1--US banks hit by Fed and funding fears, Financial Times
Excerpt:US bank stocks were pummelled on Thursday by a grim combination of European contagion fears and doubts over future profitability after the Federal Reserve’s “twist” of the yield curve and concern that some groups may fall to a loss in the third quarter.
Goldman Sachs will fall to the second loss in its history as a public company, Barclays Capital predicted; Morgan Stanley was plagued with rumours about exposure to ailing French banks; and Bank of America and Citigroup hit new 12-month lows....
“Options investors are now clamouring out for protection against an adverse event amid funding fears on both sides of the Atlantic,” said Andrew Wilkinson, chief economic strategist at Miller Tabak.
A hedge fund analyst said the banks looked “overdumped” but the market volatility was scaring off potential buyers of US bank stocks, while European banks could be hit further if their US liquidity providers felt stigmatised by lending to them.
2--European bank recap recap, FT Alphaville
Excerpt: We’ll resist any further “spillover” jokes as we pass along the main points from this earlier article by our colleagues in Europe, which for mysterious reasons appears to have prevented today’s selloff from being worse:
European officials look set to speed up plans to recapitalise the 16 banks that came close to failing last summer’s pan-EU stress tests as part of a co-ordinated effort to reassure the markets about the strength of the 27-nation bloc’s banking sector.
A senior French official said the 16 banks regarded to be close to the threshold would now have to seek new funds immediately. Although there has been widespread speculation that French banks are seeking more capital, none is on the list....
The article notes that if private sources of funds are unavailable, then some governments (reportedly including the French) favour allowing the EFSF to inject capital into the banks. Other governments are less keen on the idea and want the individual nations to invest themselves. So there’s some fractiousness over the issue — shocking.
Anyways, we’re not really sure how meaningful this is. The scale of the recapitalisation being described seems tiny in comparison to what the IMF wants (which the ECB and eurozone economies find excessive).
3--UPDATE 1-Overnight borrowing from ECB plunges, Reuters
Excerpt: Emergency borrowing from the European Central Bank plunged overnight, data showed on Thursday, after the central bank handed out funds in its weekly refinancing operation, easing fears that any particular bank was in trouble.
Commercial banks took 179 million euros ($245 mln) of overnight funds from the ECB, the lowest since Sept. 12 and following a three-day period when borrowing topped 1 billion euros.
Banks have to pay 2.25 percent for the money as opposed to 1.5 percent for regular ECB liquidity and 1.061 percent for overnight funds on the open market , so use of the facility is often seen as a sign of stress.
Traders said the spike and subsequent fall was likely due to one bank tapping the facility.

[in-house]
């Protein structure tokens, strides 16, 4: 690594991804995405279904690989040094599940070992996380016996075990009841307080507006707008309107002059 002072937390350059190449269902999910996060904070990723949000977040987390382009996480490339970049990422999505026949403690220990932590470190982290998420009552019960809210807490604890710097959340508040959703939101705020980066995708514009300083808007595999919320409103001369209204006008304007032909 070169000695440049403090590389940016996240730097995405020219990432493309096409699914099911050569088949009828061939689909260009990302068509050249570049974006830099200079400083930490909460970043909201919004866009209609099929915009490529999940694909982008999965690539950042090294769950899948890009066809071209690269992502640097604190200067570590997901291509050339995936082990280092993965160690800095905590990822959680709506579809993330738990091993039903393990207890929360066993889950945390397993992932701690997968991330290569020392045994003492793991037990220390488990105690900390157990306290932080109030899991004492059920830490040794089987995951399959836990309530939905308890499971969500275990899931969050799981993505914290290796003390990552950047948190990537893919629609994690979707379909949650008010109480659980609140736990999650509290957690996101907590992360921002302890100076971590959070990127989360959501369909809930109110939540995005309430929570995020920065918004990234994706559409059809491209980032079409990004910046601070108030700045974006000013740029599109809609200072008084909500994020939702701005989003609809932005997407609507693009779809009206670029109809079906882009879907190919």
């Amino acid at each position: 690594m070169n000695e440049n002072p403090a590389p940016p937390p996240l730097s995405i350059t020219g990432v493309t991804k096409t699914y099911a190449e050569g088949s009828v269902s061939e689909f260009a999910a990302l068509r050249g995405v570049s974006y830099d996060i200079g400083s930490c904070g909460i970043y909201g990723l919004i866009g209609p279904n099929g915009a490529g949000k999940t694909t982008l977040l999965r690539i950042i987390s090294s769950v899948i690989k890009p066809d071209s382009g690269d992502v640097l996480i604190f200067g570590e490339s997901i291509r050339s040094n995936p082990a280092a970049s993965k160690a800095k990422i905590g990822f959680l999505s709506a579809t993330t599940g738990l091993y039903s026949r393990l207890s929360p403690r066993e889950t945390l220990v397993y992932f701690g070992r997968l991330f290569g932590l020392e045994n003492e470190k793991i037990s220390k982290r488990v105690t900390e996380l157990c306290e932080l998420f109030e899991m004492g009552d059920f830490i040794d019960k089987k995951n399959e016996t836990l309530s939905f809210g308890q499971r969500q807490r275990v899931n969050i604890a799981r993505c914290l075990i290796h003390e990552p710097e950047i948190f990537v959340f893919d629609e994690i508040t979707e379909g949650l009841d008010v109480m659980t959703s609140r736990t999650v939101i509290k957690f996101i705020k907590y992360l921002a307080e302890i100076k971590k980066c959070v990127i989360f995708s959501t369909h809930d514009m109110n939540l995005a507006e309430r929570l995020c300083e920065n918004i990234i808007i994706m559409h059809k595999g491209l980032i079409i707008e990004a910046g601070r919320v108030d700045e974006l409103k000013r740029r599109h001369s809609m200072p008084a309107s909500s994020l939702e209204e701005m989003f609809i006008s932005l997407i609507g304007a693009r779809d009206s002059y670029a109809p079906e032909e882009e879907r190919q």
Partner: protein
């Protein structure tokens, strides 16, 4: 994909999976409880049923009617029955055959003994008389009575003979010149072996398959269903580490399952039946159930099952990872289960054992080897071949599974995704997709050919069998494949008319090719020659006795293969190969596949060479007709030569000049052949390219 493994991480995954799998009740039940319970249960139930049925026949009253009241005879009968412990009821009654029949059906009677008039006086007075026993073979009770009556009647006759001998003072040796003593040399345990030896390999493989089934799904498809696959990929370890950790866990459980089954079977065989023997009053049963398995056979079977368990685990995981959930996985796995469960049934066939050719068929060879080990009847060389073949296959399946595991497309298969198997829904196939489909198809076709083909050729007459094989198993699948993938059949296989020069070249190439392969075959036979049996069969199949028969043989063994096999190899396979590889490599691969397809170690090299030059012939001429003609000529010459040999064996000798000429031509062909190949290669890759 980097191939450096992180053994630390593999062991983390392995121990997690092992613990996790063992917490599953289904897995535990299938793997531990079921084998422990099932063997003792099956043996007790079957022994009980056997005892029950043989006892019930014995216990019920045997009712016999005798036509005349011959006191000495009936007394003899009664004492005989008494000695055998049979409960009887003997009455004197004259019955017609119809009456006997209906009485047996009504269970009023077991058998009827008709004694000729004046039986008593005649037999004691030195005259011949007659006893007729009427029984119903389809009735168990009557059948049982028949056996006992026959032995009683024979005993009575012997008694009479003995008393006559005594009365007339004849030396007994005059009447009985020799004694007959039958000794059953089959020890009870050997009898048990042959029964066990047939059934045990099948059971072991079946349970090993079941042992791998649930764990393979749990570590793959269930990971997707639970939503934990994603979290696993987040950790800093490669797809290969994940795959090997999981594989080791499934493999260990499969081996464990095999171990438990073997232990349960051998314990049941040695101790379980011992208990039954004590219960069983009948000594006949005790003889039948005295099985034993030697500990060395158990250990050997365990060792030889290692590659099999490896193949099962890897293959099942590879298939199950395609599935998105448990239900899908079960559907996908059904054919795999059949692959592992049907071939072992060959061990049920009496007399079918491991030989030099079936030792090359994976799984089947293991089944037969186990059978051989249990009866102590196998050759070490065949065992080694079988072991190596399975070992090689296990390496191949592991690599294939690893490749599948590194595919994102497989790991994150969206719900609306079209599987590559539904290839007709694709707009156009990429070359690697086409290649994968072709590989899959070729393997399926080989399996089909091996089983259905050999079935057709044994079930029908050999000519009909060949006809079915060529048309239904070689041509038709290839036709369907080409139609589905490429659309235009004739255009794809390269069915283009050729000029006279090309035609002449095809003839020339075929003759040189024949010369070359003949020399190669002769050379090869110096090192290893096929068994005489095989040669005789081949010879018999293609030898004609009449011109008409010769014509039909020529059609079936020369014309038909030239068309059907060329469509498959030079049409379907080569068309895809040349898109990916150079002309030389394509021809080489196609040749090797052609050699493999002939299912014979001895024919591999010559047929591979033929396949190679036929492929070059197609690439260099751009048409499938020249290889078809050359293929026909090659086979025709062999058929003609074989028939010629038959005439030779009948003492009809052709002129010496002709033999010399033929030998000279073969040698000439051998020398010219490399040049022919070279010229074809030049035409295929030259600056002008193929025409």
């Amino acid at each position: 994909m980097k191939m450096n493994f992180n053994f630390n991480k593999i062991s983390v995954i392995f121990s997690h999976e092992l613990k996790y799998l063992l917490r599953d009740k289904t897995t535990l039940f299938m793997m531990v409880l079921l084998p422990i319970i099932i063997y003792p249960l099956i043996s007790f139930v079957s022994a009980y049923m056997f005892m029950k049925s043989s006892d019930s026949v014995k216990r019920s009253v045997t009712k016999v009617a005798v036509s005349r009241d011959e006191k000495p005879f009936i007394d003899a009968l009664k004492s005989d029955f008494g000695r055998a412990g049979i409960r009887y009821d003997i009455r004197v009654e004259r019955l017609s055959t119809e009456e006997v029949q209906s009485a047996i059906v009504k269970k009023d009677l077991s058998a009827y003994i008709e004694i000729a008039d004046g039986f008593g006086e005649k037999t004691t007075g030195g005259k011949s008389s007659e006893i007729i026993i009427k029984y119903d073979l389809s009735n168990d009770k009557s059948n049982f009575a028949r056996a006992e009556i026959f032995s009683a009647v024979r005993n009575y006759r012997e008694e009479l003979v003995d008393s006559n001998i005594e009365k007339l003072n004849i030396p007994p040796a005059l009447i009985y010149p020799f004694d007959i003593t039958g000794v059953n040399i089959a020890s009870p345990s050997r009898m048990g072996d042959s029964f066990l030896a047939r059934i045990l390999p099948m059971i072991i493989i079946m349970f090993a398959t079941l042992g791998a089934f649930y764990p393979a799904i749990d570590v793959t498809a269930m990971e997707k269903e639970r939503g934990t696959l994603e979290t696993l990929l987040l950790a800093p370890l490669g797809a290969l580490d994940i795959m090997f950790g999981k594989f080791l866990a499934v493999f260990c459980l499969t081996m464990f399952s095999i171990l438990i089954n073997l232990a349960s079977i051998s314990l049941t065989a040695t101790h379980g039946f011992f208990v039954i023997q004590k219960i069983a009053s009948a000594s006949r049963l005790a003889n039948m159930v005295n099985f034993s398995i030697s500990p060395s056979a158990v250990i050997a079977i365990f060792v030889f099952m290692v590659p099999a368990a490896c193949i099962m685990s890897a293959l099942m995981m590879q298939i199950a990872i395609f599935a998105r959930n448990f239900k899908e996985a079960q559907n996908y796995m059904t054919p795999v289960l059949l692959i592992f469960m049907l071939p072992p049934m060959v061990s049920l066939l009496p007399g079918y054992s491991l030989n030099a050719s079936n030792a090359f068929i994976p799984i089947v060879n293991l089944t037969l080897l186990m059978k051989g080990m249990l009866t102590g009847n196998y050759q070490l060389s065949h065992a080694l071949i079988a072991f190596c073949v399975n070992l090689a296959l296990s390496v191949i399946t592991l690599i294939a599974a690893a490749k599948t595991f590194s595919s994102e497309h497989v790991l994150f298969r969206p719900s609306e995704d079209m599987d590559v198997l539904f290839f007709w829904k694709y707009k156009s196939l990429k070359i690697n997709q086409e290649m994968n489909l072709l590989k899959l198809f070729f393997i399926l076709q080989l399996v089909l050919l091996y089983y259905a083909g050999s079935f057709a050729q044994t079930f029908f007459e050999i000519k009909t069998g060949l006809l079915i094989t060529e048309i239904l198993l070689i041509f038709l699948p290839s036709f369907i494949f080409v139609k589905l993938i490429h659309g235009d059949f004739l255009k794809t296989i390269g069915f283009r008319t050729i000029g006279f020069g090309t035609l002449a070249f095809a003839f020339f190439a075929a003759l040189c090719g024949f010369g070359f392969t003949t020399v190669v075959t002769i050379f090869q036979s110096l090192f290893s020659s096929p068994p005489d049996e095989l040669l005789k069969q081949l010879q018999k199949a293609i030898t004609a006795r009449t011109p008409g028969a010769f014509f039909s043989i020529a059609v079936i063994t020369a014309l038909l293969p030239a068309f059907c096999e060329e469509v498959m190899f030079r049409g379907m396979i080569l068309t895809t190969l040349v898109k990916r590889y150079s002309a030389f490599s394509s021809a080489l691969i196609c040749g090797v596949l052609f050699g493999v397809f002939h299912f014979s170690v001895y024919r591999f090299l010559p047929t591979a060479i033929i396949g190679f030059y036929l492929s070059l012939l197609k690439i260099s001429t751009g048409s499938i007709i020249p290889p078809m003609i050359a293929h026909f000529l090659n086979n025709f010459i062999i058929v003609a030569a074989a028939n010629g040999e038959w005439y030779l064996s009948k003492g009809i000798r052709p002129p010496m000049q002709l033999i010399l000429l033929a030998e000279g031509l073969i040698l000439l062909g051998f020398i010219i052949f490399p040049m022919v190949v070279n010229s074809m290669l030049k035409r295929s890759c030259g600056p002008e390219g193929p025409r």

"You can assume it was one bank for 1 billion, but no one can prove it," said a euro zone money market trader.
4--Euribor-OIS Spread Measure Rises to Highest Since March 2009, Bloomberg
Excerpt: A measure of banks’ reluctance to lend to one another in Europe rose to the highest in 2 1/2 years after the Federal Reserve signalled “significant downside risks” to the U.S. economy.
The Euribor-OIS spread, the difference between the three- month euro interbank offered rate and overnight index swaps, climbed to 85 basis points as of 3:45 p.m. in London, the highest since March 2009, Bloomberg data show. The gauge was at 82.6 yesterday.
The Federal Open Market Committee gave its judgement on the economy as it announced measures aimed at preventing the U.S. from sliding into another recession. Standard & Poor’s cut ratings or lowered the outlooks on Italian banks including UniCredit SpA (UCG) yesterday after the government’s credit was downgraded for the first time in five years this week.
Europe’s “crisis remains at an elevated level, and the tone coming from the Fed heightens the macro risks which make resolution of debt dynamics very difficult,” Padhraic Garvey, head of developed debt-market strategy at ING Groep NV in Amsterdam, wrote in a note. “There is no sense that market sentiment has latched on to a more positive tack,” he wrote.
European banks have the highest dollar funding costs in almost three years, according to one indicator....
The three-month dollar London interbank offered rate, or Libor, rose for a 10th day, to 0.35806 percent from 0.35556 percent, according to the British Bankers’ Association. That’s the highest since Aug. 16, 2010.
The TED spread, the difference between what lenders and the U.S. government pay to borrow for three months, rose to 36 basis points, the highest since July 20, 2010, from 35 basis points.
The ECB said financial institutions increased overnight deposits. Banks parked 121.4 billion euros ($157 billion) with the Frankfurt-based lender yesterday, compared with 114.7 billion euros on Sept. 20 and 197.8 billion euros on Sept. 12, the ECB said.
5--Europe Officials Weigh Forming Crisis ‘Firewall’, Bloomberg
Excerpt: European officials said governments may leverage the region’s bailout program to erect a “firewall” around the sovereign debt crisis once a revamp of the fund is completed.